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Dangerous Graces Cipriano de Rore CD

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1 used from £65.23

Product details

  • Conductor: None
  • Composer: Various Artists
  • Audio CD (1 Jan 2002)
  • SPARS Code: DDD
  • Number of Discs: 1
  • Format: CD
  • Label: Linn Records
  • ASIN: B000068C1C
  • Other Editions: Audio CD
  • Average Customer Review: 5.0 out of 5 stars  See all reviews (1 customer review)
  • Amazon Bestsellers Rank: 200,739 in Music (See Top 100 in Music)

1. Questi odorati fiori’, Giaches de Wert
2. Dolci spoglie’, Giaches de Wert
3. Vener, ch'un giorno avea’, Giaches de Wert
4. Hor che’l ciel e la terra e ’l vento tace’, Cipriano de Rore
5. Dolci sospiri ardenti’, Luzzasco Luzzaschi
6. Amor se così dolce’, Cipriano de Rore
7. Bramo veder un dì per mia vendetta’, Marcantonio Ingegneri
8. Vezzosi augelli’, Giaches de Wert
9. Forsennata gridava’, Giaches de Wert
10. Qual musico gentil’, Giaches de Wert
11. Deh non cantar, Donna gentil, ch’io sento’, Luzzasco Luzzaschi
12. Se ben il duol’, Cipriano de Rore
13. Il dolce sonno’, Giaches de Wert
14. Non è sì denso velo’, Giaches de Wert
15. O sonno, o della queta humida ombrosa’, Cipriano de Rore
16. Dolci sospiri ardenti’, Luzzasco Luzzaschi (second version)
17. ‘Gratie ch’a pochi il ciel largo destina’, Giaches de Wert
18. Tirsi morir volea’, Giaches de Wert

Product Description

Product Description

This is the first of a 2-CD set which illustrates the kind of music sung and played by the women musicians of the courts of Parma and Ferrara in the second half of the sixteenth century. These women were among the first professional women musicians, and they practised their trade at the peril of their reputations. Some of them did not survive their activities - one was murdered by her husband on suspicion of adultery, another was ostracised by the court for appearing too eager to sing. This disc concentrates on the established madrigal repertoire written by Cipriano de Rore and his pupils Giaches de Wert, Luzzasco Luzzaschi and Marc'Antonio Ingegneri.


Musica Secreta, with guest soprano Emily an Evera, continues its rediscovery of early-music repertoire for female ensemble, Dangerous Graces being the first of two albums developed from the Southampton University project "Female musicians at the courts of Ferrara and Parma, 1565-1589". The music, by Cipriano de Rore and his pupils Luzzasco Luzzaschi and Giaches de Wert, was originally performed by a once-celebrated ensemble of virtuoso women musicians at the court of Duke Alfonso II d'Este. The women freely adapted their repertoire, transposing vocal parts or transferring them to instrumental lines, and adding their own elaborate ornamentations. Musica Secreta haw sought to recreate the sound and spirit of this late-Renaissance ensemble with the musicians arranging their own parts, developing continuo lines during rehearsal and giving free reign to improvisation. The result is a refreshing sound in the sometimes sexless world of early music, from Catherine King's sombre lament O Sonno, o della queta humida ombrosa to the sensual ensemble Tirsi morir volea, in which lovers die "a death so sweet and delightful, that they returned to life to die again". Though the church acoustic does not reflect the original secular performances, which were at time closer to modern cabaret, this is a unique collection restoring with seriousness and integrity a forgotten part of female musical history.--Gary S Dalkin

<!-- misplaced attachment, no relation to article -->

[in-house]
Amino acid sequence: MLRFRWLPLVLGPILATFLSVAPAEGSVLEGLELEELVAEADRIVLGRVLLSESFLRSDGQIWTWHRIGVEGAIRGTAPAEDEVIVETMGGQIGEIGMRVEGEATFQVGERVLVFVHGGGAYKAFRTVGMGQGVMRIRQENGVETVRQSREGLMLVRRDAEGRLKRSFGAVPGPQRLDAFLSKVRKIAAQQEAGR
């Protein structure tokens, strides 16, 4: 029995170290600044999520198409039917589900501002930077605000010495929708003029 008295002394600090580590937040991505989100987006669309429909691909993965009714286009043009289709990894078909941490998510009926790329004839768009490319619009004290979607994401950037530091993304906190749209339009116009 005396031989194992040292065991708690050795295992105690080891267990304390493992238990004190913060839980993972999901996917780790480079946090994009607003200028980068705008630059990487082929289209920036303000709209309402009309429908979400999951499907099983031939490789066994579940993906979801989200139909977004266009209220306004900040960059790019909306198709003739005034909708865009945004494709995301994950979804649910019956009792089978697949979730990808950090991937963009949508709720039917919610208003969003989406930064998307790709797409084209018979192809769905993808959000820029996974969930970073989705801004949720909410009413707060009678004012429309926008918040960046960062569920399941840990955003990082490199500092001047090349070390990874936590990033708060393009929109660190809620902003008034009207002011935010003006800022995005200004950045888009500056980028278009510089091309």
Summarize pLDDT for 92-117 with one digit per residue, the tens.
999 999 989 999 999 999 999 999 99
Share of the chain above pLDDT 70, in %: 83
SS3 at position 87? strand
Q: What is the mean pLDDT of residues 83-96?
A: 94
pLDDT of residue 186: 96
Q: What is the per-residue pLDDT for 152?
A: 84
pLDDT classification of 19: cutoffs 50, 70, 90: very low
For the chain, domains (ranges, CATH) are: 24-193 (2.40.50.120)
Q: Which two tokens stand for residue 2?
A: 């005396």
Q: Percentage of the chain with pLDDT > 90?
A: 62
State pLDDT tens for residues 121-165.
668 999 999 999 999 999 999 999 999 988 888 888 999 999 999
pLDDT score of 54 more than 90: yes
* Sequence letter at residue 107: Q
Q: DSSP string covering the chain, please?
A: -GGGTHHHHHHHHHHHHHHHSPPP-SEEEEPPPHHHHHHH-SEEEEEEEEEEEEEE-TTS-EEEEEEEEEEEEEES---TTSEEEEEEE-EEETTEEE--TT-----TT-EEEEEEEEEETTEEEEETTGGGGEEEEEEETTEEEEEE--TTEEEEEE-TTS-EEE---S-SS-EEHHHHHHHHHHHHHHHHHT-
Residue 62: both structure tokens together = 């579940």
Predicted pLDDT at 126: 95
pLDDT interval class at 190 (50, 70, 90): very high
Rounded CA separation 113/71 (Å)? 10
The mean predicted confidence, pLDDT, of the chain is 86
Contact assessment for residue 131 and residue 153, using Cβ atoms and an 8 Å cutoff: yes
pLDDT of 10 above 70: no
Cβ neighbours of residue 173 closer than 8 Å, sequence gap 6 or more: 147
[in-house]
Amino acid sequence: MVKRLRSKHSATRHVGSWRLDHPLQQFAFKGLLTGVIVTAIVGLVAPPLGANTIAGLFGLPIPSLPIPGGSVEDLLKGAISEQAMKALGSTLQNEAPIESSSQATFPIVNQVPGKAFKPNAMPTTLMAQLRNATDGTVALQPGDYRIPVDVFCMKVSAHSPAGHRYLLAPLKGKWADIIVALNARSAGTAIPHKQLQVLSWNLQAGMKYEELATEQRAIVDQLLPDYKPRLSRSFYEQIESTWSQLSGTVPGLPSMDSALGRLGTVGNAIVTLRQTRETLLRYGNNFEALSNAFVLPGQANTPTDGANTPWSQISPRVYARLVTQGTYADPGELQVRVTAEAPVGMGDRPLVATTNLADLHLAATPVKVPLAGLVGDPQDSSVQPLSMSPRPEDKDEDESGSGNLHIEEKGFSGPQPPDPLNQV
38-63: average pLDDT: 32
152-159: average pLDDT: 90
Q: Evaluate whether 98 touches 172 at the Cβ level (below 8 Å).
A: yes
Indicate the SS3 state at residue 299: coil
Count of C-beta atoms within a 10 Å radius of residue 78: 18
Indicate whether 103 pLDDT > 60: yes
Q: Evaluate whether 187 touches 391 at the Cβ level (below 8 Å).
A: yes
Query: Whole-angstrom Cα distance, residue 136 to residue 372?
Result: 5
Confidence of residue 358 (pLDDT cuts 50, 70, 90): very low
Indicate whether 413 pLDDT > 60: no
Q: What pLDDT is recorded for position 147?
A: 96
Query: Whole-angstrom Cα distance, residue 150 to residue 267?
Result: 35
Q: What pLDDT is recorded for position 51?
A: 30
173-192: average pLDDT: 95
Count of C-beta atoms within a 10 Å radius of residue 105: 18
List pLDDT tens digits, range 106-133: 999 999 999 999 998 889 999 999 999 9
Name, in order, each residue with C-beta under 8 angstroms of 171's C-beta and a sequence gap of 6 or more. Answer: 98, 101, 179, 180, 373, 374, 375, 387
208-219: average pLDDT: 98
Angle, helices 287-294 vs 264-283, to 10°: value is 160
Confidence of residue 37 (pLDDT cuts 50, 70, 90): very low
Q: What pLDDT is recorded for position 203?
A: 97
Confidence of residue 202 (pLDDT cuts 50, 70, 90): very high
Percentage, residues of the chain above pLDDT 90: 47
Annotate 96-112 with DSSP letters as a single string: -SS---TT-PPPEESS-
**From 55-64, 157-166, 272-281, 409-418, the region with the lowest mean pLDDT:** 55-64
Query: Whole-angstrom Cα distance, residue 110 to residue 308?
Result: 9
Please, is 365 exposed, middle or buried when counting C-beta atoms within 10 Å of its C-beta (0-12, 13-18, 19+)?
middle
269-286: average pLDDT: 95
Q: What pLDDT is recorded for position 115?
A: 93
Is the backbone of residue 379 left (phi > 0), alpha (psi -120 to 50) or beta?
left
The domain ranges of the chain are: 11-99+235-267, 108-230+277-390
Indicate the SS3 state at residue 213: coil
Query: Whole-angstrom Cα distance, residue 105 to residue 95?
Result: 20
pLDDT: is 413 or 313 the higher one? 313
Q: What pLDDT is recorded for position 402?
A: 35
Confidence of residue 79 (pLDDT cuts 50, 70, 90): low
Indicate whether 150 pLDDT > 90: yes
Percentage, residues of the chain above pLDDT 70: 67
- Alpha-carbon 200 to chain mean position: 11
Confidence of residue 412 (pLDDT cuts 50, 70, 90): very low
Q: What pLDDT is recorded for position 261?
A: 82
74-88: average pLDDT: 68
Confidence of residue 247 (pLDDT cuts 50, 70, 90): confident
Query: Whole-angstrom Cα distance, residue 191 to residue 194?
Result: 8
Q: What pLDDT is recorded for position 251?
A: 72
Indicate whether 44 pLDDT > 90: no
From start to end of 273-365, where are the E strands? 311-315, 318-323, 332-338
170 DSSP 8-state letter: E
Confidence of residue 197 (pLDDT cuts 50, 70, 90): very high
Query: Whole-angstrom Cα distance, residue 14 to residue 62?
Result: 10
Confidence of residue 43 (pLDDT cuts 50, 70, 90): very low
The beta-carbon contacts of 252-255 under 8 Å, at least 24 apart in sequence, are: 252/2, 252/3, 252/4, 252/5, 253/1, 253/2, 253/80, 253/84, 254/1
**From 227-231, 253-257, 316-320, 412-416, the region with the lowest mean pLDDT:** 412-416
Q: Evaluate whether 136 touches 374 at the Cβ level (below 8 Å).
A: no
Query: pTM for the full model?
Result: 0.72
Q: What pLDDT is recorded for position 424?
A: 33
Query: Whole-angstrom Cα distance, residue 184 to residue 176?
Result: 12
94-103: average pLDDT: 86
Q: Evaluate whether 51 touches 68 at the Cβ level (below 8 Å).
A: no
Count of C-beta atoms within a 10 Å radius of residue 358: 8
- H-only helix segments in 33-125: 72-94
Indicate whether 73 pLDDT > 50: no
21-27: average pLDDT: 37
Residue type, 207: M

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Most Helpful Customer Reviews

2 of 2 people found the following review helpful By R. Hakemulder on 13 Oct 2011
Format: Audio CD
the future of madrigal performances

There is little to add to the excellent Amazon's editorial review, except that it considers this CD as a forgotten part of female musical history only, important as that is. These performances no doubt prefigure what will happen to the interpretation of 16th century madrigals in general in 5 to 10 years time, assuming that the much declared demise of "classical" music recording does not happen before then. The much lauded and awarded recordings of Italian Madrigals of for instance Concerto Italiano and La Venexiana (wonderful as they are I must admit), largely take the written music as a "text" to be "faithfully" interpreted, much like a Mozart pianoconcerto or a Mahler symphony. This CD shows what musicians, not only female musicians, probably did to these "texts"...... they used them to make music that was as much their own as the composers', like musicians in other cultures or in other forms of Western art music are stil doing. This results in interpretations that are freely ornamented, and where 5 voices can be condensed to an instrument and one voice or two instruments and three voices. Given in addition that these are works of some of the greatest and not often performed madrigalists, this is CD not to be missed. Getting back to female musical history, the CD is the result of a project on female musicians at the courts of Ferrara and Parma which has a website that you can find when you search Dangerous Graces. It includes the affecting and sometime tragic stories of the women who performed this music as well as samples of the music.
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